It’s a strange feeling, finding yourself pitted against someone you wish wasn’t an enemy. I didn’t want to hate Vonn and certainly didn’t want to fight him, but there seemed no retreat from his position with the Inquest. Whatever had happened between him and Flikk, he’d chosen his own path, and it was a long way from what his father would have wanted.
Had Flikk known? I wondered. All that time I worked in his krewe, had he known who his progeny had allied with? I wanted to say no, because if he had known he’d surely have done something about it – but on that score, I found myself uncertain. The fact that Vonn seemed to understand Flikk’s research better than anyone else, and had clearly been brought here by Zurra for that very reason, suggested the pair had at least been aware of one another. Asura families aren’t exactly the single entity humans are so fond of, but this seemed to go beyond casual estrangement into outright betrayal.
I’d reached the base of the gantry between the golem and the cave wall, and for a moment I just hung there, catching my breath. Vonn didn’t seem to have noticed me – unless he had, and was laying a fiendish trap. But no, when I poked my head up, he had his back to me again, and was tinkering with the golem.
I swung myself up and over the walkway’s railing, landing lightly behind Vonn. Even then he didn’t hear me, with all the chaos cascading across the caldera floor. From this angle, I couldn’t see what my companions were up to, but occasionally I’d hear a shout that didn’t sound asura, rising above the roars of the destroyer, and see a flash of magic against the walls. They were, I was sure, absolutely fine.
I hadn’t exactly intended to threaten Vonn, but the dagger was in my hand before I could stop myself, and I was pressing it to the back of his neck.
“I’d think very carefully about making any sudden moves.”
To his credit, Vonn didn’t flinch, nor lurch away and cut himself in the process. Instead, he went very still, hands dropping away from the golem’s console to rest at his side.
“Turn around,” I ordered, transferring the dagger to his throat once he’d done so – and only then realising that Vonn was smiling.
“I know what you’re thinking,” he said, apparently unable to keep that grin off his face. “You’ll just disable this golem and catch Zurra and fix everything you think is broken in the world. This is all about justice, isn’t it? Or at least, you think so.”
“Justice?” I had to restrain myself from stabbing him there and then. “This is about revenge, in case you hadn’t worked that out yet. For Flikk – your father. Don’t you want to see Zurra pay?”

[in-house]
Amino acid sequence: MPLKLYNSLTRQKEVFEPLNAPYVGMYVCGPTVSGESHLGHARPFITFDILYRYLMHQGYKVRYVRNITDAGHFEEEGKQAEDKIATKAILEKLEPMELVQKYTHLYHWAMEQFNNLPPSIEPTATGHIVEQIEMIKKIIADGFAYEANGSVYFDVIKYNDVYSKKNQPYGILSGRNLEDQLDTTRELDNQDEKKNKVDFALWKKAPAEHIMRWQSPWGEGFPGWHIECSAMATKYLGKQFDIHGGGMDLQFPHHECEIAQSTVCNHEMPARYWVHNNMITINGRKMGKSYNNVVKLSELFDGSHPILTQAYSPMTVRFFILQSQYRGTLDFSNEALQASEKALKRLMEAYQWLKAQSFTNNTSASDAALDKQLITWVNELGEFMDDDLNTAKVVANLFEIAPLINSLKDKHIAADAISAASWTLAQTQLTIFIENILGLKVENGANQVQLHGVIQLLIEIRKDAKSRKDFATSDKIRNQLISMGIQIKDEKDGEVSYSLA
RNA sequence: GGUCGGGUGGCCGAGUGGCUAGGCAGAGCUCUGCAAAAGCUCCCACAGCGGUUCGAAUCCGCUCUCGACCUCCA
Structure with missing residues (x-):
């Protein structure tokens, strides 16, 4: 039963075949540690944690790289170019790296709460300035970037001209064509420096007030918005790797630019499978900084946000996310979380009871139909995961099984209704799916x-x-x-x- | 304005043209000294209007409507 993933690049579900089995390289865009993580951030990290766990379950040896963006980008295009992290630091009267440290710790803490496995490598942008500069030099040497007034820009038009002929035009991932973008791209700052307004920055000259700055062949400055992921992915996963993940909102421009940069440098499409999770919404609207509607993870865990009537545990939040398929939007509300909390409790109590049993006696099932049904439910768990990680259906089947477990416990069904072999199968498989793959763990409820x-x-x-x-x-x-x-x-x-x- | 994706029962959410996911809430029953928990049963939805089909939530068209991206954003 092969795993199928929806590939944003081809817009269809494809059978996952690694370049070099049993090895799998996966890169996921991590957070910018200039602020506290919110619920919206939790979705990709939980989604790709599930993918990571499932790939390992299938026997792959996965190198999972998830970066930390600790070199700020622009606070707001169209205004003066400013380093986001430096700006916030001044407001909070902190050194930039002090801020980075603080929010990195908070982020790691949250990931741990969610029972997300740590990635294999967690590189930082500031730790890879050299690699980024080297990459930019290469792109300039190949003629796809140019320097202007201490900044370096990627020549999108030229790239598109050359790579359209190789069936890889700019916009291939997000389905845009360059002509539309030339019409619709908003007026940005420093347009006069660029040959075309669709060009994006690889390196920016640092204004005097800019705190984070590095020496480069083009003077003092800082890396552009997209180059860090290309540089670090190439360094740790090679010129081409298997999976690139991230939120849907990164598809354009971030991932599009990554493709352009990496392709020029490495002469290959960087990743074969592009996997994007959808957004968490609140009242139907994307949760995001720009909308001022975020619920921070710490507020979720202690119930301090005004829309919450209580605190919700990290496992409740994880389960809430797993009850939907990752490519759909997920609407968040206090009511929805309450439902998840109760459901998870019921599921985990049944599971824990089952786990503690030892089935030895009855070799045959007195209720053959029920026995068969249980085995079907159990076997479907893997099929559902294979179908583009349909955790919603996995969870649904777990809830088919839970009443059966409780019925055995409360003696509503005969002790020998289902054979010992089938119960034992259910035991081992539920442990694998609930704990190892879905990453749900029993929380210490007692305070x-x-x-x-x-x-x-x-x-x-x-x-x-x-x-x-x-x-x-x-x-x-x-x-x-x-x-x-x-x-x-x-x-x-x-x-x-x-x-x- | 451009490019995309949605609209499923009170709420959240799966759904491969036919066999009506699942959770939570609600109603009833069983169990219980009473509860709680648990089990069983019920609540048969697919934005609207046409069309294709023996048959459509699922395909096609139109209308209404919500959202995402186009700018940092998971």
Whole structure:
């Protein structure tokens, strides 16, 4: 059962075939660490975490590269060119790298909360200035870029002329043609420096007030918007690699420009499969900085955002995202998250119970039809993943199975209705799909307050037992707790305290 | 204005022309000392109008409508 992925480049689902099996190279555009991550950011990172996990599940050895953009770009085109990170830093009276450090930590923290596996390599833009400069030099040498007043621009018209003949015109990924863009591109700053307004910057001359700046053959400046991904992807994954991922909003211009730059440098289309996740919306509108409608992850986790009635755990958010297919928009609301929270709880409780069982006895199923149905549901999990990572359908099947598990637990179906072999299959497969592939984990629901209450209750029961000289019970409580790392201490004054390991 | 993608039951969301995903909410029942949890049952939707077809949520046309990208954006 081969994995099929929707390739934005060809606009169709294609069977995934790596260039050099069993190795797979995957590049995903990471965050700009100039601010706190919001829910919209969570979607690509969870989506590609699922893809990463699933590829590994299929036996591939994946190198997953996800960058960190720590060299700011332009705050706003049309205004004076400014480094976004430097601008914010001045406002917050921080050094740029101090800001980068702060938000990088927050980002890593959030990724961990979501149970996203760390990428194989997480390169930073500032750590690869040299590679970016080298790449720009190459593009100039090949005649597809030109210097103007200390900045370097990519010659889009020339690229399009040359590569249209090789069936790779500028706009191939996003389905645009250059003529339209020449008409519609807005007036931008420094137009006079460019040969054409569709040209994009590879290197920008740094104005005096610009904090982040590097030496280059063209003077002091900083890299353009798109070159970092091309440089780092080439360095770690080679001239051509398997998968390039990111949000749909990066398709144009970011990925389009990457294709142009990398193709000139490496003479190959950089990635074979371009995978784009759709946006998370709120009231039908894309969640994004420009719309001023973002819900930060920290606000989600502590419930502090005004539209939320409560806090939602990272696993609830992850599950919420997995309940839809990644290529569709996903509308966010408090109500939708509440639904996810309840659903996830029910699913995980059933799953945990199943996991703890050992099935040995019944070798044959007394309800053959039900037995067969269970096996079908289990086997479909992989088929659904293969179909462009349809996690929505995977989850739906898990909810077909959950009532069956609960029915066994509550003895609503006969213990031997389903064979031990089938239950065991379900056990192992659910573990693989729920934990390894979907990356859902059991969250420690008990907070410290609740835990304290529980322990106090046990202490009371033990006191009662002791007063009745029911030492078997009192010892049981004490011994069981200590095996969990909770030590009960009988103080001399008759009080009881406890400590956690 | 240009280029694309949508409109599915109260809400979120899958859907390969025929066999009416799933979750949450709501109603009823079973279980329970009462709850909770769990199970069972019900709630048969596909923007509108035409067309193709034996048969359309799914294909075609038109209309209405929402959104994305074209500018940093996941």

“Pay? Why would I? Flikk was an old fool who wouldn’t share his research for the greater good. He deserved everything he got.”
My stomach twisted at the callousness of Vonn’s words, but he hadn’t finished.
“Whether you call it justice or not, you still think everything you do is so meaningful, so righteous. All the races are the same, but ours is the worst of all. We fight to maintain the status quo and can’t see how much damage it’s doing, to us, and all of the Eternal Alchemy.”
I swallowed hard, and made a quick gesture towards the rest of the cavern with my free hand. “Whatever you think of the status quo, it’s better than this.”
“Is it?” There was that manic gleam in Vonn’s eye again. “Maybe everything the Inquest does is for the advancement of all asura. Maybe they’re taking the risks, making the discoveries, that no-one else is strong enough for. Maybe you just haven’t opened your eyes.”
I almost scoffed at that – it was an argument I’d heard too many times before – but Vonn finally had me outsmarted. The golem gave three loud clicks and a long, rising whine, before a dozen lights on its console flared into life. Vonn didn’t actually care about the goals of the Inquest, I realised – he’d just wanted to keep me distracted.
“Too late,” Vonn said, and when he took a step back, I let him. “Even I can’t disable it now.”
At that, he made a run for it, heading for a metal stair down to the caldera floor. I almost grabbed a pistol and shot him right then, but that would accomplish little more than making me feel better. Besides, I couldn’t quite bring myself to kill Flikk’s son, no matter what he’d done.
The golem’s console was beeping and whirring. I jabbed a few buttons, but I could see the truth of Vonn’s words. A series of operations and control pathways had been put in place that I couldn’t undo, short of destroying the entire golem – and I’d already ruled that one out.